Q: Do you have any personal experiences with whales? What is your connection to them, and why was it so important to you to include the whale in the book?
A: This story really began with the whales. The very first thought that inspired it was to tell the songs that whales might sing to each other. Its title then, and nearly till the end, was The Singing of Whales. Several years passed from the day I started the first version to the day I finished the last, all during a time when I spent entire summers wandering the coast in a little sailboat. I often saw whales, and sometimes sought them out. I bought a hydrophone to listen to their voices in the water, and it was always incredibly move to be near them. One time, we were overtaken by a pod of killer whales. We were going so slowly that they could have shot by, but instead they slowed as they passed. They surfaced right beside the boat and all around it, a big group of adults and children, and it seemed for a while that we were traveling with them. It was magical, really. The killer whales of the coast represent the ultimate freedom to me, and it breaks my heart that they’re dying.
Q: Usually we think about parents sacrificing for their children. Yet, in a way, Alastair sacrifices his future for Murray’s when he agrees to stay on the island. Do you think that happens often in families? How do you decide what to sacrifice for someone or something you love?
A: I think children seldom make even small sacrifices for their parents. But when they’re older, and adults themselves, they often make huge ones, I think. It’s ironic that Alastair, by giving his father what he wants, almost guarantees that Murray can’t hang on to it. I can imagine that Alastair might have gone to school, studied whales, and returned to Lucy Island one day. I can imagine, too, that Squid would have stayed, and that Murray would have died a happy man on his own little island. But Alastair found that he had given up too much, and by doing it had doomed them all. If sacrifice has a limit, I have no idea what it is. But I can’t imagine giving up life for a country, or even a tiny little island.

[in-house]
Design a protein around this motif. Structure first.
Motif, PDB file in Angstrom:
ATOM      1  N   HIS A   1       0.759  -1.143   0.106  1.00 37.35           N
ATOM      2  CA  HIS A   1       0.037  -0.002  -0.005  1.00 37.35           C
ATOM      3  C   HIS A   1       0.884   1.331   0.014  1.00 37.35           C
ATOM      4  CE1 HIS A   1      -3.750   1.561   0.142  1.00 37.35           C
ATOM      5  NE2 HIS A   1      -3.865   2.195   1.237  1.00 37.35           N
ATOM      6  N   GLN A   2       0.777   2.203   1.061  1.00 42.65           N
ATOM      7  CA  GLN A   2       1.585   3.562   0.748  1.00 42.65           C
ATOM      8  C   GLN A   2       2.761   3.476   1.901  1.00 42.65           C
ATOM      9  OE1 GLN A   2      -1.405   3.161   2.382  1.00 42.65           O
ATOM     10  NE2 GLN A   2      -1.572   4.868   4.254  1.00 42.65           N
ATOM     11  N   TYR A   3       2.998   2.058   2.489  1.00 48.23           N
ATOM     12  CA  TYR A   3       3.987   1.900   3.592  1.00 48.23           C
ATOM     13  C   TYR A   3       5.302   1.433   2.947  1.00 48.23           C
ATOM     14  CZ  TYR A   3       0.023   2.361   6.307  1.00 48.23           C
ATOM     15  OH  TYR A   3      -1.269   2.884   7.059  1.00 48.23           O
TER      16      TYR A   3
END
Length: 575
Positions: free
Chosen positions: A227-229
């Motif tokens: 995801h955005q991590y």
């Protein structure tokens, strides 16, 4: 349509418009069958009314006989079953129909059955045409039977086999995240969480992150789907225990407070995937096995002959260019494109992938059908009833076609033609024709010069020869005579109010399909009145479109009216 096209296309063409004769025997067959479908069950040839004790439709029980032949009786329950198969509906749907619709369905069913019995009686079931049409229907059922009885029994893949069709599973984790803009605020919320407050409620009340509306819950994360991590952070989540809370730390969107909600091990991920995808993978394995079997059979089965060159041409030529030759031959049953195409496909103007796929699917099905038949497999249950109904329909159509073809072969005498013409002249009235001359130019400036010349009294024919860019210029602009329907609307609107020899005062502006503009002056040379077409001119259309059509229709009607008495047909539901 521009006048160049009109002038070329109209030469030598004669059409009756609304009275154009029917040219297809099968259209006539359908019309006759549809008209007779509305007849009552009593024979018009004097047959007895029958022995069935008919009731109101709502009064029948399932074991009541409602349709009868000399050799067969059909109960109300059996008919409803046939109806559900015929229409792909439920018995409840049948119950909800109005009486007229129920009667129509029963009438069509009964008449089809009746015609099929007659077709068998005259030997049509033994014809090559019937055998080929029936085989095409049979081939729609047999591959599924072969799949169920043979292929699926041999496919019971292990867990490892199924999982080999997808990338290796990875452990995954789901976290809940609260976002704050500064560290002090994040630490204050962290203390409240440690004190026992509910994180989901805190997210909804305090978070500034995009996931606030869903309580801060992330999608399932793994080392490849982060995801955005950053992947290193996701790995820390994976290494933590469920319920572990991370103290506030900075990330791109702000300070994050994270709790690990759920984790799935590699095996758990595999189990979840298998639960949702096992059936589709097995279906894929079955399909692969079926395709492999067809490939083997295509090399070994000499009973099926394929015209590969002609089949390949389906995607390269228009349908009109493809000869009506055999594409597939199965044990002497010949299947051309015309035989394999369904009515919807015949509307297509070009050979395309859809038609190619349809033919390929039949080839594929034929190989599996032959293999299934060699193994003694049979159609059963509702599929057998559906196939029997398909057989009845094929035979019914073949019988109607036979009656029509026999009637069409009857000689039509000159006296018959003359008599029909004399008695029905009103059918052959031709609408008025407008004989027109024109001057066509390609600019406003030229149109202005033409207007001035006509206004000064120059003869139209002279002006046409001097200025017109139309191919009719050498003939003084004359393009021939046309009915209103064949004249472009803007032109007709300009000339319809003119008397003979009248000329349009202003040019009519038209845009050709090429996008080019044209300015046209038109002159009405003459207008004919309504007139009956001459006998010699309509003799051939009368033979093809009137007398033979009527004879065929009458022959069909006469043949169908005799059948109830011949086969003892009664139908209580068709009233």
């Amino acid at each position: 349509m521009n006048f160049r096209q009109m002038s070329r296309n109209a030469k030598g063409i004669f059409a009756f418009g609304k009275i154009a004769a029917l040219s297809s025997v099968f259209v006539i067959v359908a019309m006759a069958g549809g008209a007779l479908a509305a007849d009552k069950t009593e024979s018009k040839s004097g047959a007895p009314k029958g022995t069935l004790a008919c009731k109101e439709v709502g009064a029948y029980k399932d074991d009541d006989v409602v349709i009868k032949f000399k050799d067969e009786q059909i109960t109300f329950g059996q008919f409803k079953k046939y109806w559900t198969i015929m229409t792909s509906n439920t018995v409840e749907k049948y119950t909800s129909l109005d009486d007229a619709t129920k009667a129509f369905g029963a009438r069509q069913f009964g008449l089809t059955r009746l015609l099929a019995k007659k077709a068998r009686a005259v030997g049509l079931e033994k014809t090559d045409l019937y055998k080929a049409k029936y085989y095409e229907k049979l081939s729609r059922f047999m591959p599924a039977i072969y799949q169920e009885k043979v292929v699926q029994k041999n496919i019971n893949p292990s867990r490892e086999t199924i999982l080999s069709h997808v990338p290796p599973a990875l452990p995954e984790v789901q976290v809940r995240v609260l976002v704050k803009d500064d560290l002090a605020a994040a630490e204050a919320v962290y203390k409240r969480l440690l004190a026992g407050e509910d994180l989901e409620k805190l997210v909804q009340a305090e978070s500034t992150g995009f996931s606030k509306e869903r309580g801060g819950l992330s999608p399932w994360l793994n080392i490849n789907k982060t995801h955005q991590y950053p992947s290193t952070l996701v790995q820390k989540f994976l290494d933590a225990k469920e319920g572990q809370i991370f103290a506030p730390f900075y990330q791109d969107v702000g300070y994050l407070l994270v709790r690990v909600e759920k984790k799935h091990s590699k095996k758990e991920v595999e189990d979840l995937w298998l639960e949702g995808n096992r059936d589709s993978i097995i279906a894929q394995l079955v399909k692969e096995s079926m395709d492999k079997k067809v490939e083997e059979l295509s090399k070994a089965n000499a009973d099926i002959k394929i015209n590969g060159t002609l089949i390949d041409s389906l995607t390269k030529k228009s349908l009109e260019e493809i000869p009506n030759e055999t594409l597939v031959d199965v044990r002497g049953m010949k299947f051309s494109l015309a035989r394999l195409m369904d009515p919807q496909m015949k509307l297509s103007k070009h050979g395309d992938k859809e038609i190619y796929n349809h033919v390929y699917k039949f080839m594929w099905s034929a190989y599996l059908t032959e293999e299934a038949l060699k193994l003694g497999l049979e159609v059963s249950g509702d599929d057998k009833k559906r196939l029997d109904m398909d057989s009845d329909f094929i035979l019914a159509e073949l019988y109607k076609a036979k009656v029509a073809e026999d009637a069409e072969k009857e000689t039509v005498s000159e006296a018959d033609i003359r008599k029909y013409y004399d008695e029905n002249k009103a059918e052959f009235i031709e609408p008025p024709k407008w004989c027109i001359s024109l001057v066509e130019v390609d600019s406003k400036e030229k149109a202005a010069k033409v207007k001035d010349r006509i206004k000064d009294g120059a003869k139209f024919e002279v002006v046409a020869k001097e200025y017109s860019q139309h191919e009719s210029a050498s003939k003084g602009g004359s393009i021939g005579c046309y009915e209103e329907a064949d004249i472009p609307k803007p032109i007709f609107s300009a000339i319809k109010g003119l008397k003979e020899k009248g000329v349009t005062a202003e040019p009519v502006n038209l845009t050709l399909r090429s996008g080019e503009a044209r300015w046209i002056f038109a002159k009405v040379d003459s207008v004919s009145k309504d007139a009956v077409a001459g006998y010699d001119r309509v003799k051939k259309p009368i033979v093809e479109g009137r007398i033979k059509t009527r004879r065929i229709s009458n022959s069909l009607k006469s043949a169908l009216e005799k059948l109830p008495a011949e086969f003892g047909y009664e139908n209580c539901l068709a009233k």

Q: At one point Hannah reminds Murray that “No man is an island” (p. 112). Do you agree? Do you identify with Murray’s desire?
A: Hannah, of course, is quoting the poet John Donne: “No man is an island, entire of itself; every man is a piece of the continent, a part of the main. . . .” I agree very much with that. The more firmly a person is connected to the mass of humanity, the better that person seems. At the same time, I understand Murray’s wish for a simple life in an idyllic place, free from the worries of the world. That he can’t have it, no matter how he tries, is a sad reality. Like most people, I think, I’m often less of an island than I’d wish, and sometimes more than I’d like.
Q: Why did you want to tell this story (particularly for a young adult audience)?
A: For a long time, I considered telling this story in a more straightforward way, beginning with Alastair’s birth and ending with his death. It would have been the same story, but very different. Trying to tell it as a series of memories was a puzzle that interested me through the planning and the writing. I wanted a sad story about people struggling for something close. That, to me, pretty well sums up what life is about.